title.jpg (23972 bytes) subscribe

Back to This Week's Parsha | Previous Issues


“And if (when) you will make for Me an Altar of stones, do not build them hewn, for you will have raised your sword over it and desecrated it” (Shemos 20:22).

Rashi brings the words of Rabbi Yishmael who said that although the Hebrew word im, translated “if”, usually refers to some action the doing of which is optional, there are three exceptions and this passage is one of them. The Torah does not mean to say, “if you will make for Me an Altar of stones,” but, rather, “when you will make for Me an Altar of stones.” This is so, since it is actually obligatory to build an altar of stone, as it says (Devarim 27:6), "Of whole stones you shall build the Altar of Hashem your G-d."

The Gaon, Harav Moshe Feinstein ztvk”l, asked why does the Torah write “if” when it really means “when”? Why doesn’t the torah simply write “when”?

Reb Moshe answered that although in the halachic interpretation (referring to the practical laws of building the Temple), it is obligatory to build the Alter of stone; in the homiletic interpretation it is different. The Gemara tells us that the tzaddik (righteous, pious person) is referred to as an alter since he sacrifices his Yetzer Hara (Evil Inclination) before the Almighty. In this vein, said Reb Moshe, the Torah indicates that to be a tzaddik, one has to be like stone; strong and immovable in the face of all the trials and tribulations he will surely face throughout his life. However, one is not required to be a tzaddik. It is a privilege but not an obligation. He is only required to be a law-abiding Jew. Therefore, the Torah writes its advice in the form of choice rather than obligation: “If” you desire to be an Alter, a tzaddik, you must be like stone. Only thus will you attain your goal.

Relatively, we can apply this great lesson to our own lives. Even if we have not chosen to be a tzaddik, totally dedicated to Spirituality, we probably want to excel in whatever we yearn to be. It is important to realize that there will be many obstacles in the way to success, and unless we will be like stone, we probably won’t make it. One of the important rules of success is never to quit; no matter how hard it may seem to continue and no matter how many times we may have stumbled. The quitter will never get too far in life. Only with tremendous perseverance can a person reach that which he aspires to be.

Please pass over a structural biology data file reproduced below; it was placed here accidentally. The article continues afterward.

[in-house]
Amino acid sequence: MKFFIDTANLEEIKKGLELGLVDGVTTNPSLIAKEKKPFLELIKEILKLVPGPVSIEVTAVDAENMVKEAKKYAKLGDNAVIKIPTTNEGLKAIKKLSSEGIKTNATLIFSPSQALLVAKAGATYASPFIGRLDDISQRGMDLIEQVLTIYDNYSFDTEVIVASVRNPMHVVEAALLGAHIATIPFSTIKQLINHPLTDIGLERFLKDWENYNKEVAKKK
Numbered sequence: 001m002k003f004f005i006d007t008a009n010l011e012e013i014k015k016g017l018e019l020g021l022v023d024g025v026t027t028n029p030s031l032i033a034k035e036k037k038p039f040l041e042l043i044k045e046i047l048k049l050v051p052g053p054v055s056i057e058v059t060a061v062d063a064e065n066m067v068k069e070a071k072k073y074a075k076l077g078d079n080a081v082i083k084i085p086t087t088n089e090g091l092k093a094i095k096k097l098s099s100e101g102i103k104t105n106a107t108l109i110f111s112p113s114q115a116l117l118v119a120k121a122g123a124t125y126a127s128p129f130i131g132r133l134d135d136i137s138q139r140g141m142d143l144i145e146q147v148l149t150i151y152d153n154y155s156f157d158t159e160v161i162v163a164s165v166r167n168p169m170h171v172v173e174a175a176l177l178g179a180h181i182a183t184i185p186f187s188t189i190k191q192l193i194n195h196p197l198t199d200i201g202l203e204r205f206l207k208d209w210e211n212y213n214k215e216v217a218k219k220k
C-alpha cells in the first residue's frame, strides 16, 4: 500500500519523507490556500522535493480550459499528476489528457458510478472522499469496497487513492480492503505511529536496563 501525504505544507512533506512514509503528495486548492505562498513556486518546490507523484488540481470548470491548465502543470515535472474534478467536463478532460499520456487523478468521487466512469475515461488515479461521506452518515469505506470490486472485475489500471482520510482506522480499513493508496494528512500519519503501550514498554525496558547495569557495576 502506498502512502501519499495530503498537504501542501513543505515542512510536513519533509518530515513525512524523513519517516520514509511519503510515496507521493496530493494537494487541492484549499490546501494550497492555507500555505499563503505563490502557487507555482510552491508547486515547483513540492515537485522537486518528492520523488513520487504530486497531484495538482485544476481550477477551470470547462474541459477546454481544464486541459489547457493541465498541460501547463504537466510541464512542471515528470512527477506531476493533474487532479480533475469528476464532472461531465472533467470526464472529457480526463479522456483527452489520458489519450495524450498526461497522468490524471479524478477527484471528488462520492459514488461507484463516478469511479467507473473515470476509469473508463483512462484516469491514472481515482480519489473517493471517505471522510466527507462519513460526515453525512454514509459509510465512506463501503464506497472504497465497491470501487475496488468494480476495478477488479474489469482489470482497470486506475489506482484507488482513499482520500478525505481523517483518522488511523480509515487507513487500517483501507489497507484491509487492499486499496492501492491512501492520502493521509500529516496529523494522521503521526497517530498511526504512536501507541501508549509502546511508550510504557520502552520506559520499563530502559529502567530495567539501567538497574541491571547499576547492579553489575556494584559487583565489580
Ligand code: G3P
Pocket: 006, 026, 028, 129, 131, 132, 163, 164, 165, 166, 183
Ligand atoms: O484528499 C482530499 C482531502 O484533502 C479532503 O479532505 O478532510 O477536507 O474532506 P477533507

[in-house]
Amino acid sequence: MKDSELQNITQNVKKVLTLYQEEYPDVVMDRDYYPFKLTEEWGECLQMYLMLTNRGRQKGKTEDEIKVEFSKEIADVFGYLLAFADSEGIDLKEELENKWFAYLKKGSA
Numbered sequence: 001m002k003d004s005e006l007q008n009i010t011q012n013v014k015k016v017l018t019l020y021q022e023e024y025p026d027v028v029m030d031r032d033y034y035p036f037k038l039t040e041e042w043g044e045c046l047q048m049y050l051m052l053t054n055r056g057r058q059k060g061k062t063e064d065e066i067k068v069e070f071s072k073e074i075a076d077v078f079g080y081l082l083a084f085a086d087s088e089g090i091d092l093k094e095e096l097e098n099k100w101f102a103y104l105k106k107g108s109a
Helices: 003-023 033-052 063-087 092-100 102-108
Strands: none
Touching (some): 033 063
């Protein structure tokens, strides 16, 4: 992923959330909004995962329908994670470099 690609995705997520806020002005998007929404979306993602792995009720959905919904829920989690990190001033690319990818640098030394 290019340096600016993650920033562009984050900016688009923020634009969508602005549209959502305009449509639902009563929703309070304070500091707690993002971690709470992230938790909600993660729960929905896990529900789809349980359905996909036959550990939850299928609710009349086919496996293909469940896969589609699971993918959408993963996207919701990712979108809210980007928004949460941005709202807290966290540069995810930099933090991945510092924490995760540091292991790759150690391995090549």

A good friend, Avi Shulman, of Monsey, New York, who teaches motivation and goal orientation, once gave me a copy of a poem which was hanging on his bulletin board. I, in turn, have passed it on to many others who have reaped great benefit from it. I share it with you today, in the hope that that you, too, will appreciate it; will follow its wise advice; and will succeed in whatever your heart desires.


When things go wrong, as they sometimes will,
When the road you’re trudging seems all uphill,
When the funds are low and the debts are high,
And you want to smile, but you have to sigh,
When care is pressing you down a bit,
Rest if you must, but don’t you quit.

Life is queer with its twists and turns,
As every one of us sometimes learns,
And many a person turns about,
When they might have won had they stuck it out.
Don’t give up though the pace seems slow -
You may succeed with another blow.

Often the struggler has given up
When he might have captured the victor’s cup;
And he learned too late when the night came down,
How close he was to the golden crown.

Success is failure turned inside out –
So stick to the fight when you’re hardest hit –
It’s when things seem worst that you mustn’t quit.

Shema Yisrael Torah Network
Jerusalem, Israel